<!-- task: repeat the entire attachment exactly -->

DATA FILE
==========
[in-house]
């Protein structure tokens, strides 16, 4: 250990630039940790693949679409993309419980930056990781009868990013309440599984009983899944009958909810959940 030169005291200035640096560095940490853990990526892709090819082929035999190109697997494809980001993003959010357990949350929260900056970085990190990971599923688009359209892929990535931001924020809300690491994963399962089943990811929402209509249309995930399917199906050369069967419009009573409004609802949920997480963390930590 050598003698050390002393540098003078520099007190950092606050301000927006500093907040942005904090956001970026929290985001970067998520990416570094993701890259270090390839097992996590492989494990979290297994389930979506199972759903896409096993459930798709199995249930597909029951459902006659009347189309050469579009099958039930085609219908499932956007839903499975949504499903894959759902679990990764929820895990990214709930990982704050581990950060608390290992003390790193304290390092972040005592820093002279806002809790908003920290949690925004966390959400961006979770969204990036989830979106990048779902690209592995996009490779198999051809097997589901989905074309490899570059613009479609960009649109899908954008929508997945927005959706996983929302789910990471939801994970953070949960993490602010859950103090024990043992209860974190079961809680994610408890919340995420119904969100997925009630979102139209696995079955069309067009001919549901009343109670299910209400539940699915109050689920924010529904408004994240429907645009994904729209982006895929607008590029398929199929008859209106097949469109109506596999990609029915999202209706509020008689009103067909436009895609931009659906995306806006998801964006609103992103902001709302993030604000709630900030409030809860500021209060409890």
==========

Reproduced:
[in-house]
């Protein structure tokens, strides 16, 4: 250990630039940790693949679409993309419980930056990781009868990013309440599984009983899944009958909810959940 030169005291200035640096560095940490853990990526892709090819082929035999190109697997494809980001993003959010357990949350929260900056970085990190990971599923688009359209892929990535931001924020809300690491994963399962089943990811929402209509249309995930399917199906050369069967419009009573409004609802949920997480963390930590 050598003698050390002393540098003078520099007190950092606050301000927006500093907040942005904090956001970026929290985001970067998520990416570094993701890259270090390839097992996590492989494990979290297994389930979506199972759903896409096993459930798709199995249930597909029951459902006659009347189309050469579009099958039930085609219908499932956007839903499975949504499903894959759902679990990764929820895990990214709930990982704050581990950060608390290992003390790193304290390092972040005592820093002279806002809790908003920290949690925004966390959400961006979770969204990036989830979106990048779902690209592995996009490779198999051809097997589901989905074309490899570059613009479609960009649109899908954008929508997945927005959706996983929302789910990471939801994970953070949960993490602010859950103090024990043992209860974190079961809680994610408890919340995420119904969100997925009630979102139209696995079955069309067009001919549901009343109670299910209400539940699915109050689920924010529904408004994240429907645009994904729209982006895929607008590029398929199929008859209106097949469109109506596999990609029915999202209706509020008689009103067909436009895609931009659906995306806006998801964006609103992103902001709302993030604000709630900030409030809860500021209060409890």